A third-year PT student who participated last year, Amalia Kondyles, returned to observe this year’s event and reflect on the value of the experience.

“I got to see the students learn things they didn’t learn in the classroom,” Kondyles said. “We’ve learned how to conduct these tests, but to actually do it on a real patient that doesn’t know how the test works, you start to realize the certain cues that don’t make sense. You see the students learn how to be PTs.”

If you would like to volunteer as a patient in next year’s event, please contact Dr. Jennifer Radloff at radloffj@ecu.edu or Dr. Kim Stokes at stokesc@ecu.edu.

 

-by Angela Todd, University Communications

Student Health Services Achieves AAAHC Accreditation

East Carolina University’s Student Health Services (SHS) has been re-accredited through 2020 by the Accreditation Association for Ambulatory Health Care (AAAHC).

ECU’s SHS offers primary health care services to enrolled students and handles more than 30,000 student visits each year in clinics on main campus and the health sciences campus.

Accredited since 2002, the designation means SHS has met nationally recognized standards for quality health care through an independent, external evaluation. More than 5,000 ambulatory health care organizations across the United States are accredited by AAAHC.

“This is an important milestone in the continuing growth and success of our health care organization,” said Dr. LaNika Wright, director of ECU SHS. “Pursuing accreditation shows our commitment to providing the highest levels of quality care to our patients, and the same high level of quality in our business practices. Achieving accreditation by AAAHC is proof that we have met the rigorous standards of a nationally recognized third party.”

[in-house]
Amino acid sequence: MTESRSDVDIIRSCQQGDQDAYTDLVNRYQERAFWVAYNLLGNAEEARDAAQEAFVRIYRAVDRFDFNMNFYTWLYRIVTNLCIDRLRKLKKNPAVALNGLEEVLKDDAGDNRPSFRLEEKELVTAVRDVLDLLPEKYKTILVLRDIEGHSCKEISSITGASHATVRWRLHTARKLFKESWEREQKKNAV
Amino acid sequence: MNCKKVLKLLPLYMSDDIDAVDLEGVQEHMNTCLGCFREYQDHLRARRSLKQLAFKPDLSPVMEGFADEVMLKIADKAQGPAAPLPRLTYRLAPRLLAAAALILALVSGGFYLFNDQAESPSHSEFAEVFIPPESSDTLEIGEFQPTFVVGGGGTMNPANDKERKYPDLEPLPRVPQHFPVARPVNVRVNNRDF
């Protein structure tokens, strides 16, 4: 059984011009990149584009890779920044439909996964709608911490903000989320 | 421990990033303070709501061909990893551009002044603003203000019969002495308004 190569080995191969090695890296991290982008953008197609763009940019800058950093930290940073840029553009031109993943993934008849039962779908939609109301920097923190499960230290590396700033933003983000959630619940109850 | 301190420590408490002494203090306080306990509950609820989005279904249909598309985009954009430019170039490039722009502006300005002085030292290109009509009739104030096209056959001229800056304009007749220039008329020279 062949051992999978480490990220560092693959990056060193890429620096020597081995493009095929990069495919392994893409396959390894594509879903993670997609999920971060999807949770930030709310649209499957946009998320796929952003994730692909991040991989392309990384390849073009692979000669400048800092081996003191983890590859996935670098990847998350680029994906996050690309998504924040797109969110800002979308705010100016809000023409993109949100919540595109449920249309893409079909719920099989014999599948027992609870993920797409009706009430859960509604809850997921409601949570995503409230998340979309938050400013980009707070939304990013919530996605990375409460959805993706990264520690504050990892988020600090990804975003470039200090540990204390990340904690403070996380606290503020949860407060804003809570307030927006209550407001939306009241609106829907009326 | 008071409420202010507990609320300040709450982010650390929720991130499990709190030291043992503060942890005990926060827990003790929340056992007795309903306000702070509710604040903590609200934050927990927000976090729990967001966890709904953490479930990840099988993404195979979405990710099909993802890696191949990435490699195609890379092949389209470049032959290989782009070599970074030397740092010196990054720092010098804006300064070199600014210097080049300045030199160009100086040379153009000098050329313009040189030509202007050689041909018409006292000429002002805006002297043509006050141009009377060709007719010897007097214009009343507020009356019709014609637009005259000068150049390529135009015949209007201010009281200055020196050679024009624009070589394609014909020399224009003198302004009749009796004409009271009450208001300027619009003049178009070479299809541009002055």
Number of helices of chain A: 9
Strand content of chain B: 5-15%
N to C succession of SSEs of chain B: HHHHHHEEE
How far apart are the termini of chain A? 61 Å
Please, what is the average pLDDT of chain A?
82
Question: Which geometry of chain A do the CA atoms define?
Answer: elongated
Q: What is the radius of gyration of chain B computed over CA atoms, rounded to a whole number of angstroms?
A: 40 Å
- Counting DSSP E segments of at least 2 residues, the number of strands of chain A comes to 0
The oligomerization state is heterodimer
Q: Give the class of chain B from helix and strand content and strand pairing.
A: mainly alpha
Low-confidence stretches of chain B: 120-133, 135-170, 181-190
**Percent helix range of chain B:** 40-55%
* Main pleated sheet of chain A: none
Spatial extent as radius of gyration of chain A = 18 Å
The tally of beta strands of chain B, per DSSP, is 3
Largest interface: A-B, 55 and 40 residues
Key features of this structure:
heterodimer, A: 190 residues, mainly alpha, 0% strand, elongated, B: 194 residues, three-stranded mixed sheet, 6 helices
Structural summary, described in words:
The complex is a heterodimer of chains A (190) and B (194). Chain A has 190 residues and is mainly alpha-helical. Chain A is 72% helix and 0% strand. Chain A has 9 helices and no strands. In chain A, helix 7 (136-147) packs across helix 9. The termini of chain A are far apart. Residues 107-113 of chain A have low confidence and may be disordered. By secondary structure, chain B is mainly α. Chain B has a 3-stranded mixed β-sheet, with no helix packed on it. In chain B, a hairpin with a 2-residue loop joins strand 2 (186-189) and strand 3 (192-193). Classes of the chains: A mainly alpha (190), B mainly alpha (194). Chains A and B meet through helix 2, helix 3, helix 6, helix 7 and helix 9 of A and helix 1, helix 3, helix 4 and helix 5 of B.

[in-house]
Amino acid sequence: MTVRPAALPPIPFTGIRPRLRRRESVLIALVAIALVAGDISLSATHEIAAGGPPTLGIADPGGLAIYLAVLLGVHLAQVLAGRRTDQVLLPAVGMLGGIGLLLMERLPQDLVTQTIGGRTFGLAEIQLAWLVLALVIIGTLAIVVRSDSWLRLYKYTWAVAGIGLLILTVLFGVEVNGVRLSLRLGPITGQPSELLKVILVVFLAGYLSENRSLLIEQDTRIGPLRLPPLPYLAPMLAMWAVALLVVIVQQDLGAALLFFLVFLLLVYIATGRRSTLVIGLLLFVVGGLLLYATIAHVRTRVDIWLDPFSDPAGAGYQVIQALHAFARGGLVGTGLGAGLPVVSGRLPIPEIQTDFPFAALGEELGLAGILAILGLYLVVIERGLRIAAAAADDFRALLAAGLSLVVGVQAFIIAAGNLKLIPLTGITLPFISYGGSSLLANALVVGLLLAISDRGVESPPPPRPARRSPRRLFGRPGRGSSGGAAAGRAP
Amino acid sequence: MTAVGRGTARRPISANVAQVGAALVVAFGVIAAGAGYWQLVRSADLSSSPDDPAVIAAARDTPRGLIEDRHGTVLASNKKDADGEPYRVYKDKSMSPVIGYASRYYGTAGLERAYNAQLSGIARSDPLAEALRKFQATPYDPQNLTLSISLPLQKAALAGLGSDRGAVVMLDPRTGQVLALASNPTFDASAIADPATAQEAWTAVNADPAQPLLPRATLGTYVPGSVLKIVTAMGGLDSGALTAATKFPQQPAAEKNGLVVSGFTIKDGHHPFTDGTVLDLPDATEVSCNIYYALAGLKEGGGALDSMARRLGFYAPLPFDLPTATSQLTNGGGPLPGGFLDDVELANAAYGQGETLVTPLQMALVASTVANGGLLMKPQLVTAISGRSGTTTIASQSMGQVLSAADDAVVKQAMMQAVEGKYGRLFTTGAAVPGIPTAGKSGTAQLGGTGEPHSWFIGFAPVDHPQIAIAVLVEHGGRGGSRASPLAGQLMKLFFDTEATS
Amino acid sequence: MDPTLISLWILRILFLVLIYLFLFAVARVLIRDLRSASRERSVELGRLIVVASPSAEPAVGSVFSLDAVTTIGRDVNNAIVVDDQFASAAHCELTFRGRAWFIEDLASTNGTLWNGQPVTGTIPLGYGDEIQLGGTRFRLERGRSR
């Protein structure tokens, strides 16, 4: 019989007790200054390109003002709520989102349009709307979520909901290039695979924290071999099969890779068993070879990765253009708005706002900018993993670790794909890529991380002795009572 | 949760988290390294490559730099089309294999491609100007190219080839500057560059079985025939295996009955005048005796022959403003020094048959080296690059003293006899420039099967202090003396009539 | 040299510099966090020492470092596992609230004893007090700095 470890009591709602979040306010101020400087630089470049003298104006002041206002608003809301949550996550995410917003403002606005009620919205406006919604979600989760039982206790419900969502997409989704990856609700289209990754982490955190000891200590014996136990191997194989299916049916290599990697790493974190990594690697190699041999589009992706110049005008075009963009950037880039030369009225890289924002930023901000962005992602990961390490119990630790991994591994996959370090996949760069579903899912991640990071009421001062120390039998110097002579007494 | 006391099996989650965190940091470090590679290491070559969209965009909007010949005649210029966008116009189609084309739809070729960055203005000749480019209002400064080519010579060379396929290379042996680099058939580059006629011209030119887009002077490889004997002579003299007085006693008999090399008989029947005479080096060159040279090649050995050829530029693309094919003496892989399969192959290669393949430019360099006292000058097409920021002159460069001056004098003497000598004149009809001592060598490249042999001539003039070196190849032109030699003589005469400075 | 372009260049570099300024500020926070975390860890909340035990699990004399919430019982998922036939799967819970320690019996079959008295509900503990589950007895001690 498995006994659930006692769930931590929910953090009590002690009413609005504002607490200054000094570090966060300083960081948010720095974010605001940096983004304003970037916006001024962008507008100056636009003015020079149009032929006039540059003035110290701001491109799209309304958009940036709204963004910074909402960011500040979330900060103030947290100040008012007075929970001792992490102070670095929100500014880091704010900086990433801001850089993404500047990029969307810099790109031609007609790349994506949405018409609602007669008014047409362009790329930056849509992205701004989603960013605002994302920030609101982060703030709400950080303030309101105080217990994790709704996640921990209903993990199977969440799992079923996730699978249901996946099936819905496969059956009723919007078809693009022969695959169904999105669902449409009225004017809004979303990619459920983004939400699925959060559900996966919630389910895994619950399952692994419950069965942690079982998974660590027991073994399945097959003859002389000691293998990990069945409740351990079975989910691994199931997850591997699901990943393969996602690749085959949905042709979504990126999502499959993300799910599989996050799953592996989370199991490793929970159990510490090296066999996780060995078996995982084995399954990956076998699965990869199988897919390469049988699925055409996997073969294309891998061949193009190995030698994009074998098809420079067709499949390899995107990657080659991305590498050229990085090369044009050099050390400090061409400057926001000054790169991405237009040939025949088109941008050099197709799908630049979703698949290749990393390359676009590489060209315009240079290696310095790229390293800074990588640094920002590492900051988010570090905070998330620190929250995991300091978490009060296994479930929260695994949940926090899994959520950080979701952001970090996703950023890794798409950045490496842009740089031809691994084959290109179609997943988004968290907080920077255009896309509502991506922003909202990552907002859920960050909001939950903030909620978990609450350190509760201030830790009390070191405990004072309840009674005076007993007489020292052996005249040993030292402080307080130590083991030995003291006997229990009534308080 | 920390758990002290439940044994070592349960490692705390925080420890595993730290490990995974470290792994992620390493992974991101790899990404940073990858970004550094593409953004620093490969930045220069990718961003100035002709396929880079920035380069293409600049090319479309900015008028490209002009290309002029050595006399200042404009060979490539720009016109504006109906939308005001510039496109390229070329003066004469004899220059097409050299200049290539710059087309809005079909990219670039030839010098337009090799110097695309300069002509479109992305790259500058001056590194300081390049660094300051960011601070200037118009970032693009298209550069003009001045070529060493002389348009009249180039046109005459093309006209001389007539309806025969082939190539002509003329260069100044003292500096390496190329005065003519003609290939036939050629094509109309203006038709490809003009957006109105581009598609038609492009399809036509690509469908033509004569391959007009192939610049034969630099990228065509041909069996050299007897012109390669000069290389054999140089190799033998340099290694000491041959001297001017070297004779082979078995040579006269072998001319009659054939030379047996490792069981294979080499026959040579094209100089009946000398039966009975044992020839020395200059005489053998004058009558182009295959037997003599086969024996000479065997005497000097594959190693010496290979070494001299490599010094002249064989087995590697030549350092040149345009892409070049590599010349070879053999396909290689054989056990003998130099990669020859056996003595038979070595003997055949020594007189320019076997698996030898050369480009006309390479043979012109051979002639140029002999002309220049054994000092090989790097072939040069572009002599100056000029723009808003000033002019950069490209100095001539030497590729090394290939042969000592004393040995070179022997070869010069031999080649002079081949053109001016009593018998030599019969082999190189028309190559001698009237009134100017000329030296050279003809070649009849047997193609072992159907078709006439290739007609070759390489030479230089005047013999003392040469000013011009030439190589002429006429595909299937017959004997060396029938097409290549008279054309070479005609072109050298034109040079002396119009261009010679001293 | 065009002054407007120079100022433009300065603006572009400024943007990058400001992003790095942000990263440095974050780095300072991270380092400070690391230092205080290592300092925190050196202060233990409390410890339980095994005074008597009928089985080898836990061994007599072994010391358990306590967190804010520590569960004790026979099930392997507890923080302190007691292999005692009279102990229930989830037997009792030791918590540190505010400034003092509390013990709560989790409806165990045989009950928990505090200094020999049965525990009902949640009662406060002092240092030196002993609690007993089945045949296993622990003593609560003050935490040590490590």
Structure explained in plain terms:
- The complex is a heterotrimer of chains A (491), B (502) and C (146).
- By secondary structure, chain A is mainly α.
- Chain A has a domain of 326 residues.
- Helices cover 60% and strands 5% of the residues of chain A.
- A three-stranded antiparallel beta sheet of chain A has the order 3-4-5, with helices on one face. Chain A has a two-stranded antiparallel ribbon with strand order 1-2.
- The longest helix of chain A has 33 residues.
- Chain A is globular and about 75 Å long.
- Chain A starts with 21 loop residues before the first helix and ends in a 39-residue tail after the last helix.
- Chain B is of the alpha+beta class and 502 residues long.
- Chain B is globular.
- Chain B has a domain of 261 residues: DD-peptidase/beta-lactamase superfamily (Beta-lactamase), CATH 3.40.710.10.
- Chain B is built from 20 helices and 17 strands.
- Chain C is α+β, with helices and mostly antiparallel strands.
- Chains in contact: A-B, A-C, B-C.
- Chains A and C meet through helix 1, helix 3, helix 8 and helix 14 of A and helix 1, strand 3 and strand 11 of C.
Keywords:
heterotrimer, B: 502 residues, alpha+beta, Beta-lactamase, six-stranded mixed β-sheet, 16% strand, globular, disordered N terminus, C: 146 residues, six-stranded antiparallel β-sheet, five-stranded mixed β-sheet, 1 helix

Organizations seeking the three-year accreditation undergo an extensive self-assessment and on-site survey by AAAHC physicians, nurses and administrators who are actively involved in ambulatory health care. The survey is consultative and educational, presenting best practices to help an organization improve its care and services.

“Going through the process reiterates that we are a health care organization in pursuit of excellence,” Wright said. “We hold ourselves to high standards and desire to provide the highest quality of care. SHS is comprised of some of the finest employees on ECU’s campus and I am proud to be a part of this team.”

For more information, call LaNika Wright at 252-328-6841 or visit www.ecu.edu/studenthealth.